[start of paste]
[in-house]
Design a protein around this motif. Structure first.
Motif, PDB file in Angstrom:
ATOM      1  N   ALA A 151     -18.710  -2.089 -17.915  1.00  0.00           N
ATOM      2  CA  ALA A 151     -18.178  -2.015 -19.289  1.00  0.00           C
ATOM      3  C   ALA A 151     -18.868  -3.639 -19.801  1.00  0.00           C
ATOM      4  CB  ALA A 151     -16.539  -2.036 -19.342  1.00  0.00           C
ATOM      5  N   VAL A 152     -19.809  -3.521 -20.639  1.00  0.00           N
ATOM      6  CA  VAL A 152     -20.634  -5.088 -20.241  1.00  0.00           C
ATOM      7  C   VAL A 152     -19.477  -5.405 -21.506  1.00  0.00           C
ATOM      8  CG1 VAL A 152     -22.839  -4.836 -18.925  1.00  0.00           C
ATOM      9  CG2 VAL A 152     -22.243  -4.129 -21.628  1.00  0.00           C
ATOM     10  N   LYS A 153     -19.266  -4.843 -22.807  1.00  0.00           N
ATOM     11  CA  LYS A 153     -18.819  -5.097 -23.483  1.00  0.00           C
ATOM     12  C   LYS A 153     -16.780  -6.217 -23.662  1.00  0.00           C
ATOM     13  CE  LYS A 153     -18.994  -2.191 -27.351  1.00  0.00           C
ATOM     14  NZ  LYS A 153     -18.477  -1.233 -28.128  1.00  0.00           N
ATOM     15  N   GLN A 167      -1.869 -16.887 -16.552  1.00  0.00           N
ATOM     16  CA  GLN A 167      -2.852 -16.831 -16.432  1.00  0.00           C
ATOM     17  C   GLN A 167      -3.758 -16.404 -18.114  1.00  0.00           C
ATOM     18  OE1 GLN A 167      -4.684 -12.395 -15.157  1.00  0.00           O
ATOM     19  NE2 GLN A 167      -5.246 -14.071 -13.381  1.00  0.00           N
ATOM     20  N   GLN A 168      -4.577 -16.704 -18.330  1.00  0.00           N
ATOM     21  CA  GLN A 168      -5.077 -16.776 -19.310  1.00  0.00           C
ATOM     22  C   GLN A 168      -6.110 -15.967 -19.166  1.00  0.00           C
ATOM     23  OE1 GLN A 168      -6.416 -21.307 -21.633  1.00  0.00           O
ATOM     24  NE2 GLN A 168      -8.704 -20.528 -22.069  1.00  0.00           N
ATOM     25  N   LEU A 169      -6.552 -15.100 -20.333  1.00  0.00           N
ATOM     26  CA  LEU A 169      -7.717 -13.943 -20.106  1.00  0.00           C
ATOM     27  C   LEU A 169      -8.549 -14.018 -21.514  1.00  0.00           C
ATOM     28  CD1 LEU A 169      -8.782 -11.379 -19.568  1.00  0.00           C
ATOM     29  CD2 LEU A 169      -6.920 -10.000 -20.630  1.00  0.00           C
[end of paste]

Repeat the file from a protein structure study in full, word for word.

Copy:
[in-house]
Design a protein around this motif. Structure first.
Motif, PDB file in Angstrom:
ATOM      1  N   ALA A 151     -18.710  -2.089 -17.915  1.00  0.00           N
ATOM      2  CA  ALA A 151     -18.178  -2.015 -19.289  1.00  0.00           C
ATOM      3  C   ALA A 151     -18.868  -3.639 -19.801  1.00  0.00           C
ATOM      4  CB  ALA A 151     -16.539  -2.036 -19.342  1.00  0.00           C
ATOM      5  N   VAL A 152     -19.809  -3.521 -20.639  1.00  0.00           N
ATOM      6  CA  VAL A 152     -20.634  -5.088 -20.241  1.00  0.00           C
ATOM      7  C   VAL A 152     -19.477  -5.405 -21.506  1.00  0.00           C
ATOM      8  CG1 VAL A 152     -22.839  -4.836 -18.925  1.00  0.00           C
ATOM      9  CG2 VAL A 152     -22.243  -4.129 -21.628  1.00  0.00           C
ATOM     10  N   LYS A 153     -19.266  -4.843 -22.807  1.00  0.00           N
ATOM     11  CA  LYS A 153     -18.819  -5.097 -23.483  1.00  0.00           C
ATOM     12  C   LYS A 153     -16.780  -6.217 -23.662  1.00  0.00           C
ATOM     13  CE  LYS A 153     -18.994  -2.191 -27.351  1.00  0.00           C
ATOM     14  NZ  LYS A 153     -18.477  -1.233 -28.128  1.00  0.00           N
ATOM     15  N   GLN A 167      -1.869 -16.887 -16.552  1.00  0.00           N
ATOM     16  CA  GLN A 167      -2.852 -16.831 -16.432  1.00  0.00           C
ATOM     17  C   GLN A 167      -3.758 -16.404 -18.114  1.00  0.00           C
ATOM     18  OE1 GLN A 167      -4.684 -12.395 -15.157  1.00  0.00           O
ATOM     19  NE2 GLN A 167      -5.246 -14.071 -13.381  1.00  0.00           N
ATOM     20  N   GLN A 168      -4.577 -16.704 -18.330  1.00  0.00           N
ATOM     21  CA  GLN A 168      -5.077 -16.776 -19.310  1.00  0.00           C
ATOM     22  C   GLN A 168      -6.110 -15.967 -19.166  1.00  0.00           C
ATOM     23  OE1 GLN A 168      -6.416 -21.307 -21.633  1.00  0.00           O
ATOM     24  NE2 GLN A 168      -8.704 -20.528 -22.069  1.00  0.00           N
ATOM     25  N   LEU A 169      -6.552 -15.100 -20.333  1.00  0.00           N
ATOM     26  CA  LEU A 169      -7.717 -13.943 -20.106  1.00  0.00           C
ATOM     27  C   LEU A 169      -8.549 -14.018 -21.514  1.00  0.00           C
ATOM     28  CD1 LEU A 169      -8.782 -11.379 -19.568  1.00  0.00           C
ATOM     29  CD2 LEU A 169      -6.920 -10.000 -20.630  1.00  0.00           C